One of several native women who participated in the project, Tatum has proven herself to be a fierce fighter against injustice: of that done to her as a child, woman and Indian, and to others in similar circumstances. As with two other of the storytellers, Tatum took her abuser to court. Also like them, she paid harshly for doing the right thing.
Beyond what has become the dishearteningly common tale of childhood sexual abuse, there are the abuses against native culture and identity.
I lived in Vancouver when I was 19, 20, 21…. My whole life, I think that’s what’s a live and so burning anger. We lost our language and every other culture is out there yakking their language – on public buses and on public streets. Oooh, that used to burn me in Vancouver when I was young! I used to be so angry when I heard another nationality’s voice in their own language. I think I still am. Then I have to be a Canadian citizen and you’re telling me I have to know French?!?!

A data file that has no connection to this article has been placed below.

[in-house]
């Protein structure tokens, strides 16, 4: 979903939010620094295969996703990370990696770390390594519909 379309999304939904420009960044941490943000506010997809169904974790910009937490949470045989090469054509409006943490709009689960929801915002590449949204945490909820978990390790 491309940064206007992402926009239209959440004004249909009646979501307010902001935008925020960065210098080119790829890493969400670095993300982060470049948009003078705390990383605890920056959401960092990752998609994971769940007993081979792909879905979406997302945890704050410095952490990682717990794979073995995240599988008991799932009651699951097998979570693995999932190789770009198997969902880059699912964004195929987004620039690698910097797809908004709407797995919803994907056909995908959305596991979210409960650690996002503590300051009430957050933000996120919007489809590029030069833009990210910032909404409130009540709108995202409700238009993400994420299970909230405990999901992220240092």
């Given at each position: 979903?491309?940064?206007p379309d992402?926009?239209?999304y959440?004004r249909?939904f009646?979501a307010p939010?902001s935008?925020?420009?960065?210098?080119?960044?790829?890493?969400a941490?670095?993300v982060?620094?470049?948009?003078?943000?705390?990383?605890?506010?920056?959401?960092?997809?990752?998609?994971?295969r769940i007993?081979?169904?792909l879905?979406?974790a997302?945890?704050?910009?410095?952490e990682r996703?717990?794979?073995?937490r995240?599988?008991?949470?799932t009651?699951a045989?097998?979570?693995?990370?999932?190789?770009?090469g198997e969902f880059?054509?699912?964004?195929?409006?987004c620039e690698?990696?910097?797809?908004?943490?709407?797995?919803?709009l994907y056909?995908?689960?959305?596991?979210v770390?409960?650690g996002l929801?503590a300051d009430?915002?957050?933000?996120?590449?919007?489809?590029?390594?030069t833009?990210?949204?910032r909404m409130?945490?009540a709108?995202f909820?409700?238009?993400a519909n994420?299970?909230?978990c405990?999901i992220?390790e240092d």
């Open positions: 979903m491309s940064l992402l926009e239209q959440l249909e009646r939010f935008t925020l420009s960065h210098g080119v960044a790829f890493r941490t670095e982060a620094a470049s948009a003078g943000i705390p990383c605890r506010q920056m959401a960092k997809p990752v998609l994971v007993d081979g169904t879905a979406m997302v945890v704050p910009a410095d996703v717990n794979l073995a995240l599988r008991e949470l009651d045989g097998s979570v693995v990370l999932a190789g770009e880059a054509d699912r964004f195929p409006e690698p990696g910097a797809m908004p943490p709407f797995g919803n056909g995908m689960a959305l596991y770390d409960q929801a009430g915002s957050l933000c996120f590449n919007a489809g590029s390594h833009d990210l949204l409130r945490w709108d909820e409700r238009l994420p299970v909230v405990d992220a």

Discrimination also remains alive and thriving in our community.
[As someone who doesn’t look like the stereotypical Indian,] I never felt discrimination until I had this ex in my life…. Renting in Victoria … there was so much discrimination. They would give the place to me when he was working… Then I’d bring my Indian husband. BAM! We don’t have a place anymore. Two hours ago I had it! No problem, no question. Then they see this Indian… He was in work clothes and everything!
Two more stories remain - Vanessa and Waneta. They will be followed by one podcast each for the two project reports.
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